Sharing letters from the front
War-time notes reflected during Remembrance Day gathering
Remembrance Day ceremonies were once again held in Malagash on Sunday, Nov. 11. Rev. Connie McNamara officiated to a very large congregation. Her message concerned letters from three different enlistees from our North Shore communities.
The first one was mailed to a friend in Westchester in 1916, the second in 1917 from a Dr. Murray to his wife in Tatamagouche and the third was written on Nov. 11, 1918.
It was a letter to a mother in Wallace from a son who was telling her about the celebrations in Belgium on the very special day.
So very interesting for us all to hear. The service ended at the church with a very lively hymn “Mine Eyes Have Seen the Coming of the Lord.”
Following the church service the congregation and many others assembled at our beautiful cenotaph where at 11 a.m. two minutes of silence was observed and the Roll of Honour was read by Comrade
Russ Durling, who also presided over the laying of the wreaths.
Those laying wreaths were escorted by Sergeant at Arms Comrade Bruce Publicover and Cpl. John Mark Cassica of the Royal Canadian Navy.
Brenda Pirrie laid the first wreath on behalf of all the mothers who lost sons or daughters in combat. The government of Canada wreath was laid by Comrade Robert Dobson. The provincial wreath was laid by George LaFrank on behalf of Elizabeth Smith-McCrossin, MLA, who was doing duty in Wallace.
The wreath for the Municipality of Cumberland was laid by Coun. Lynne Welton.
Every year a wreath, donated by Ian MacDonald, is laid by a student of Wallace Elementary School and this year it was laid by Nikkita Polches of Malagash. She is a Grade 5 student at the school.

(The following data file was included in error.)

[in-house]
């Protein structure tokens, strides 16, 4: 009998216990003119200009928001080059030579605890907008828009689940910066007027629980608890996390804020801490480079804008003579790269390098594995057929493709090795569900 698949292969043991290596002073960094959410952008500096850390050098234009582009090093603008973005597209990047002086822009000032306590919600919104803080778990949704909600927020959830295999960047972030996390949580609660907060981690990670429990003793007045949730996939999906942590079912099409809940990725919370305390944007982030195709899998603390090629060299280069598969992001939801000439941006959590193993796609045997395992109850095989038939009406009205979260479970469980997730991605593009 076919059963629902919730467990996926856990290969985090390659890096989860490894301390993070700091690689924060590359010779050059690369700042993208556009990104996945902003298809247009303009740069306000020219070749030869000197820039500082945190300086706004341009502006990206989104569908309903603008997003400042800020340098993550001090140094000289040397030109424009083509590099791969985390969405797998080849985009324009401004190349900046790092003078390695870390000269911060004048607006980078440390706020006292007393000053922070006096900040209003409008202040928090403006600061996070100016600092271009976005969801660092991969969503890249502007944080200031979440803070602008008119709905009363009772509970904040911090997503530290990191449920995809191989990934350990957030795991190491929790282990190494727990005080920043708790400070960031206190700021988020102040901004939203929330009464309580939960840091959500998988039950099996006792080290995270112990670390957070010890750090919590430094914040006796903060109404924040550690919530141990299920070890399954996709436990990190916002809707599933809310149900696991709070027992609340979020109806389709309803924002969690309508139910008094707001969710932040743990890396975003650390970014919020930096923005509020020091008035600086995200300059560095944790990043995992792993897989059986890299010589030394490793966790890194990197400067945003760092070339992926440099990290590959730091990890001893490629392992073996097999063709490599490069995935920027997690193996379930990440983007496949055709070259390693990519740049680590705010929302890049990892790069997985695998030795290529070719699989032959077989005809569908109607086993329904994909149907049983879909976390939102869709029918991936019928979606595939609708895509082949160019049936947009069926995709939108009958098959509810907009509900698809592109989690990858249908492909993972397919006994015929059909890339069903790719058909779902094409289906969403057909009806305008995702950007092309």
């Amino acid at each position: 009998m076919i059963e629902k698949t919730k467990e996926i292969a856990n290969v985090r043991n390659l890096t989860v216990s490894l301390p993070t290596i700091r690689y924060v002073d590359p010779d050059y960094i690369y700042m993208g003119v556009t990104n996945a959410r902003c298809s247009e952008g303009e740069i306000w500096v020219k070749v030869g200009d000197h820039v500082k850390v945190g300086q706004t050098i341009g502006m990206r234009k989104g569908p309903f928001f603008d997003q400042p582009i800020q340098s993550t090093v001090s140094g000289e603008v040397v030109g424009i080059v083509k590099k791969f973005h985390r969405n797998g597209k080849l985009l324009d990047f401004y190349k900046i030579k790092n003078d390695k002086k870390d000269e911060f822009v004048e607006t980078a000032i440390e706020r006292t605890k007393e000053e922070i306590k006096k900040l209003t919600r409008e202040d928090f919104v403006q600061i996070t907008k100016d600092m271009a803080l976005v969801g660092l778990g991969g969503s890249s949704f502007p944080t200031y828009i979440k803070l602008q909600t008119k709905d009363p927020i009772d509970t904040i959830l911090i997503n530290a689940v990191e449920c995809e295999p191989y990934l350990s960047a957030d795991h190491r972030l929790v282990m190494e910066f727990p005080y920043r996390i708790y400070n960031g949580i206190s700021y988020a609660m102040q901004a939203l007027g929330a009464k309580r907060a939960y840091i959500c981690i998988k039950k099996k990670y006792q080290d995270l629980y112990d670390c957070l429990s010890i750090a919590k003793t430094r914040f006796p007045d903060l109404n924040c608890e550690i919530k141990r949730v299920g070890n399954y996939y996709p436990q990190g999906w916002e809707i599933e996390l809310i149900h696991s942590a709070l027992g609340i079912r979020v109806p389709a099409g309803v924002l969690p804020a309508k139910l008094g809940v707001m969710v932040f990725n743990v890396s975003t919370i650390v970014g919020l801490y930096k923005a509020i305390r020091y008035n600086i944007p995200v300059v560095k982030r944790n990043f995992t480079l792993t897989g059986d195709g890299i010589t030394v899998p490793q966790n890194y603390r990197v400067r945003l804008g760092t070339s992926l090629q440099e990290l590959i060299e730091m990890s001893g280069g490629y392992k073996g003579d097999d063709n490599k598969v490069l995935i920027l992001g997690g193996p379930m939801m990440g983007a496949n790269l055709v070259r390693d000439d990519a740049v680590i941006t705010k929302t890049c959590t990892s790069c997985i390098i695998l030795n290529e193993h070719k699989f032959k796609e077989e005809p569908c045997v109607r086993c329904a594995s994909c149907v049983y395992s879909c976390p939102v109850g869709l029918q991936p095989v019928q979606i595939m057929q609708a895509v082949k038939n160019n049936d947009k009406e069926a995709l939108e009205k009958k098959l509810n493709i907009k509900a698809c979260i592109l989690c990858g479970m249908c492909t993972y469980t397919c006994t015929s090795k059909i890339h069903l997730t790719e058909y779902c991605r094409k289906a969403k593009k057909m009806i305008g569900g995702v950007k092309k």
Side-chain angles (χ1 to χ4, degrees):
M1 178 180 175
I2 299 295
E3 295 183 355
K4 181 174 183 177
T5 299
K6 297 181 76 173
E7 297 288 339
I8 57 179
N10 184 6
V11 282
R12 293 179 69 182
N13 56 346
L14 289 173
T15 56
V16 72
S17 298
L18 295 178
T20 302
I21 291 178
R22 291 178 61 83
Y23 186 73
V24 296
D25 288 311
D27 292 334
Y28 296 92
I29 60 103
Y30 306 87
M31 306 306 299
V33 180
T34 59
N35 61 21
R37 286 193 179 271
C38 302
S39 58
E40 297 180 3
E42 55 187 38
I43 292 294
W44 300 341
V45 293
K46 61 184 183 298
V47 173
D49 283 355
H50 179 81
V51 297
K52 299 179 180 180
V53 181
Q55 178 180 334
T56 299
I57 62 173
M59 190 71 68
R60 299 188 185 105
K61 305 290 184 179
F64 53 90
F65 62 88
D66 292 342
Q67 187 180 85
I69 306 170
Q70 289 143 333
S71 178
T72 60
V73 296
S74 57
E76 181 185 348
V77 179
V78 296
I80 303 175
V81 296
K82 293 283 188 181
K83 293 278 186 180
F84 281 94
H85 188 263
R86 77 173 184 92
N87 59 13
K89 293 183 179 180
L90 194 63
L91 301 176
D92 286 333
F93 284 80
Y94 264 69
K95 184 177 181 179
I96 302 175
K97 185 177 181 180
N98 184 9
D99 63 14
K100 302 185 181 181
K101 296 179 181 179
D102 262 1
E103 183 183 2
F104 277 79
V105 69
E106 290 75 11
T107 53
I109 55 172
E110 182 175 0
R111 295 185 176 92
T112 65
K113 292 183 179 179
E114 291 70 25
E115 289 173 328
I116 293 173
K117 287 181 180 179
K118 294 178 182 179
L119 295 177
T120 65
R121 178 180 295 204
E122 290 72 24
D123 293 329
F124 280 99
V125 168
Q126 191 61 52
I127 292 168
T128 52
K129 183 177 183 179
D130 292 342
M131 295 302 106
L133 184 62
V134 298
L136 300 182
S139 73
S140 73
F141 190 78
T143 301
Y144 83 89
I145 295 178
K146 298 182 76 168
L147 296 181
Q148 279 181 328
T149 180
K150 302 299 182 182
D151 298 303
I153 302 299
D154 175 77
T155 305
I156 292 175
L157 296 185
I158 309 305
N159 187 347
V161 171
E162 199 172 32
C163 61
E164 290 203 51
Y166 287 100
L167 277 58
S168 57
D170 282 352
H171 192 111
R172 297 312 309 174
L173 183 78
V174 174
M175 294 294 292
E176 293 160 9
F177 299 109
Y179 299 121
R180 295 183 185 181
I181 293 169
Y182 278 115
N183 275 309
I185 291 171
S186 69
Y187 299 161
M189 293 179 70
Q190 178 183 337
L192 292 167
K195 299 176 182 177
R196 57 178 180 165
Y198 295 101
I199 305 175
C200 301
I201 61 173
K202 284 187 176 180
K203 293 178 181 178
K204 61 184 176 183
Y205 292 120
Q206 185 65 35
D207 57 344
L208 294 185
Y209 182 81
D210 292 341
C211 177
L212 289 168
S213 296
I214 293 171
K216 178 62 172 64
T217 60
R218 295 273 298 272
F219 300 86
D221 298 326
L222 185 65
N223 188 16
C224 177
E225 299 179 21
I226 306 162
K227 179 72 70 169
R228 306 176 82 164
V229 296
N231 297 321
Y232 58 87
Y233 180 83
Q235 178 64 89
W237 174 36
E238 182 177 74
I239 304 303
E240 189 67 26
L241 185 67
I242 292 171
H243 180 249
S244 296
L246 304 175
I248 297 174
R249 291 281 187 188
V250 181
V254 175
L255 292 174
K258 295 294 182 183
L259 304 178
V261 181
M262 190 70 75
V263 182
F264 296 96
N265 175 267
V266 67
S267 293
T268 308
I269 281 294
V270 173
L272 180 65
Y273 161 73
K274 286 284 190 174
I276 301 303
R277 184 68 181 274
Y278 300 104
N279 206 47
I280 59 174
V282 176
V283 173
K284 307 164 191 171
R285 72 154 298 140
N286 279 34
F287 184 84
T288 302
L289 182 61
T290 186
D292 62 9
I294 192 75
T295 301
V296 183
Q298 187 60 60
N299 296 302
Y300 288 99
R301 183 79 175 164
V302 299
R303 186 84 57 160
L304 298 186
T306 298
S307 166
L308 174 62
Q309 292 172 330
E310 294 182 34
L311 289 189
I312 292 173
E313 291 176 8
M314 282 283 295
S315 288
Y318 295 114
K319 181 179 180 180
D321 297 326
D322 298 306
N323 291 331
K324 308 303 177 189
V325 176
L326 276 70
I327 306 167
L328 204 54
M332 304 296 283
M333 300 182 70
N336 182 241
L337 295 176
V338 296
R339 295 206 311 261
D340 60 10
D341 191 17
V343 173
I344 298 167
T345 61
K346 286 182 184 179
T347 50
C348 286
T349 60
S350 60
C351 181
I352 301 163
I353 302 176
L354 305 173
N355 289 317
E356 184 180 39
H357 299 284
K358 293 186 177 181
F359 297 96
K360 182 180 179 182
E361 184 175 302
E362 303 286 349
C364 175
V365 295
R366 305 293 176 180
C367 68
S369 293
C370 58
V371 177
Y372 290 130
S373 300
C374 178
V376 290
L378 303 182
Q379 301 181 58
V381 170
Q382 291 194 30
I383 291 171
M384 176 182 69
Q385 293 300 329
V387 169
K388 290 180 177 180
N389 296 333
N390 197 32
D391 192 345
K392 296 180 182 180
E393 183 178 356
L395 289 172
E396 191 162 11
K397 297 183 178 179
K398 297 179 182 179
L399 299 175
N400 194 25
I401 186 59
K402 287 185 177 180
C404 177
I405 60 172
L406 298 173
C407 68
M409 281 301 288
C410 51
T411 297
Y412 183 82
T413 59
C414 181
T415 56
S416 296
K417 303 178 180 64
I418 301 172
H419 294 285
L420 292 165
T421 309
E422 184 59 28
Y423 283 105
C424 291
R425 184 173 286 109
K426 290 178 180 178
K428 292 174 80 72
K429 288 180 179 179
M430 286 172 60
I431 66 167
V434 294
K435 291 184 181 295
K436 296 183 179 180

Jannie and Peter Berkelaar once again laid a wreath in honour of those who died liberating the people of Holland during the Second World War. Clarence Duggan laid a wreath in memory of all those local citizens involved in the Coastal Watch Program during the Second World War, who gave freely of their time to keep our coastline secure. A total of 22 other wreaths were laid in memory of family members.
The day was sunny, but very cold and the wind sure left a lot of us shivering but it turned out to be one of the largest gatherings we have had for a long time.
Some very young people were in attendance and it was a pleasure to watch them lay their individual poppies at the conclusion of the ceremony. It was wonderful to see various members of the Canadian Armed Forces there in uniform, including Master Cpl Chanel Halverson, of the 22nd BattalionRoyal Canadian Regiment, Oromocto, N.B., who laid a wreath in memory of her great-grandfather.
Cpl. Mike Seaman and his family were present. A large group of volunteer firemen were represented and helped form a guard of honour for people entering the church.
Following the service, a lot of those present gathered at the legion for chili, stews and soups which were very welcome and helped warm us up.
In the evening a dinner was held at the Malagash Community Hall for veterans and friends. During the meal, years of service pins were presented to several members. It was a delightful ending to a most memorable day.
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The annual Christmas Craft and Tea was recently held in the community hall with several crafters displaying their talents. Jost Winery also held its annual Christmas craft sale. The winery was very busy with many people taking advantage of the sales on the patio and in the winery. There was a quartet dressed in period costume entertaining those gathered with Christmas songs. It was a nice added touch to a wonderful afternoon.
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It doesn’t seem possible that Christmas is next month! Stores are starting to get very busy and it will only get busier! Now I am certainly not a Grinch but crowds are not my favourite thing! So as we head towards the wonderful season, be kind to one another.
Acts of love and kindness never die, but in the lives of others, multiply!
Have a good week, everyone, and stay safe.